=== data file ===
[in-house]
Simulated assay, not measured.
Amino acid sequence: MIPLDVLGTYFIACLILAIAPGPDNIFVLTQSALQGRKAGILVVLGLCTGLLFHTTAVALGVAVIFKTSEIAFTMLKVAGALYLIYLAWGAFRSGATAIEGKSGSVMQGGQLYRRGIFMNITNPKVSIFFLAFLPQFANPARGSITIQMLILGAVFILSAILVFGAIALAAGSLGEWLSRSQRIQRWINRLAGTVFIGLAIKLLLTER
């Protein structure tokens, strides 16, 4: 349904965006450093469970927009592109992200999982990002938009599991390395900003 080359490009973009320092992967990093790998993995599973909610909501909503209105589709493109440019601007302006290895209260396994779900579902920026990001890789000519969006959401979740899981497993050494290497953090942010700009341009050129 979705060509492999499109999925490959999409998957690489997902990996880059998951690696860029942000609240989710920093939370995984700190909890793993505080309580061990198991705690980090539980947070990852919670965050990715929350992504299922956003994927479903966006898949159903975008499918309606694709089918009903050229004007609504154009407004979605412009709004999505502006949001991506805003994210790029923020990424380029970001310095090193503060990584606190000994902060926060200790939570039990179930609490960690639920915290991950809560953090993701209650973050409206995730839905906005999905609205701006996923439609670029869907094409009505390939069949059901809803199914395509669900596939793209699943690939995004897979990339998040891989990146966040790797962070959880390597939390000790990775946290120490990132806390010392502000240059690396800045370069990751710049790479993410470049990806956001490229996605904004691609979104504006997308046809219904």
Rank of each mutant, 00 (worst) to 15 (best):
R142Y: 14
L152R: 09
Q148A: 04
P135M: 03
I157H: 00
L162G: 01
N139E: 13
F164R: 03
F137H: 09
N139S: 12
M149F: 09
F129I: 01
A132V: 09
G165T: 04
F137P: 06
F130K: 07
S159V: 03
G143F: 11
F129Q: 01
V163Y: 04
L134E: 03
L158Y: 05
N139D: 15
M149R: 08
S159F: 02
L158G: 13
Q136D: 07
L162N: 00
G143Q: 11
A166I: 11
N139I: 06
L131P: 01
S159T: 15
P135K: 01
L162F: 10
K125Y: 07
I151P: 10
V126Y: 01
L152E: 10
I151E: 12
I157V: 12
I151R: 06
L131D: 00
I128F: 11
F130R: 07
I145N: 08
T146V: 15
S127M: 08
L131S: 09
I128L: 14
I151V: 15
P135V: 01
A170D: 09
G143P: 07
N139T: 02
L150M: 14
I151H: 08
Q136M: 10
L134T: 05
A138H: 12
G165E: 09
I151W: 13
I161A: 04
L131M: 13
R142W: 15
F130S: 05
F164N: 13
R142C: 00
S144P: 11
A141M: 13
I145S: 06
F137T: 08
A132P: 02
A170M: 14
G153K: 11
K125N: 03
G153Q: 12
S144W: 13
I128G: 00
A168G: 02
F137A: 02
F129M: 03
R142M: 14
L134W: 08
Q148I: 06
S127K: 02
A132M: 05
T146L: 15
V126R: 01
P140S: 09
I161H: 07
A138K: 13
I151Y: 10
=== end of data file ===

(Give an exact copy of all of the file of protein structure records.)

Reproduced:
[in-house]
Simulated assay, not measured.
Amino acid sequence: MIPLDVLGTYFIACLILAIAPGPDNIFVLTQSALQGRKAGILVVLGLCTGLLFHTTAVALGVAVIFKTSEIAFTMLKVAGALYLIYLAWGAFRSGATAIEGKSGSVMQGGQLYRRGIFMNITNPKVSIFFLAFLPQFANPARGSITIQMLILGAVFILSAILVFGAIALAAGSLGEWLSRSQRIQRWINRLAGTVFIGLAIKLLLTER
């Protein structure tokens, strides 16, 4: 349904965006450093469970927009592109992200999982990002938009599991390395900003 080359490009973009320092992967990093790998993995599973909610909501909503209105589709493109440019601007302006290895209260396994779900579902920026990001890789000519969006959401979740899981497993050494290497953090942010700009341009050129 979705060509492999499109999925490959999409998957690489997902990996880059998951690696860029942000609240989710920093939370995984700190909890793993505080309580061990198991705690980090539980947070990852919670965050990715929350992504299922956003994927479903966006898949159903975008499918309606694709089918009903050229004007609504154009407004979605412009709004999505502006949001991506805003994210790029923020990424380029970001310095090193503060990584606190000994902060926060200790939570039990179930609490960690639920915290991950809560953090993701209650973050409206995730839905906005999905609205701006996923439609670029869907094409009505390939069949059901809803199914395509669900596939793209699943690939995004897979990339998040891989990146966040790797962070959880390597939390000790990775946290120490990132806390010392502000240059690396800045370069990751710049790479993410470049990806956001490229996605904004691609979104504006997308046809219904």
Rank of each mutant, 00 (worst) to 15 (best):
R142Y: 14
L152R: 09
Q148A: 04
P135M: 03
I157H: 00
L162G: 01
N139E: 13
F164R: 03
F137H: 09
N139S: 12
M149F: 09
F129I: 01
A132V: 09
G165T: 04
F137P: 06
F130K: 07
S159V: 03
G143F: 11
F129Q: 01
V163Y: 04
L134E: 03
L158Y: 05
N139D: 15
M149R: 08
S159F: 02
L158G: 13
Q136D: 07
L162N: 00
G143Q: 11
A166I: 11
N139I: 06
L131P: 01
S159T: 15
P135K: 01
L162F: 10
K125Y: 07
I151P: 10
V126Y: 01
L152E: 10
I151E: 12
I157V: 12
I151R: 06
L131D: 00
I128F: 11
F130R: 07
I145N: 08
T146V: 15
S127M: 08
L131S: 09
I128L: 14
I151V: 15
P135V: 01
A170D: 09
G143P: 07
N139T: 02
L150M: 14
I151H: 08
Q136M: 10
L134T: 05
A138H: 12
G165E: 09
I151W: 13
I161A: 04
L131M: 13
R142W: 15
F130S: 05
F164N: 13
R142C: 00
S144P: 11
A141M: 13
I145S: 06
F137T: 08
A132P: 02
A170M: 14
G153K: 11
K125N: 03
G153Q: 12
S144W: 13
I128G: 00
A168G: 02
F137A: 02
F129M: 03
R142M: 14
L134W: 08
Q148I: 06
S127K: 02
A132M: 05
T146L: 15
V126R: 01
P140S: 09
I161H: 07
A138K: 13
I151Y: 10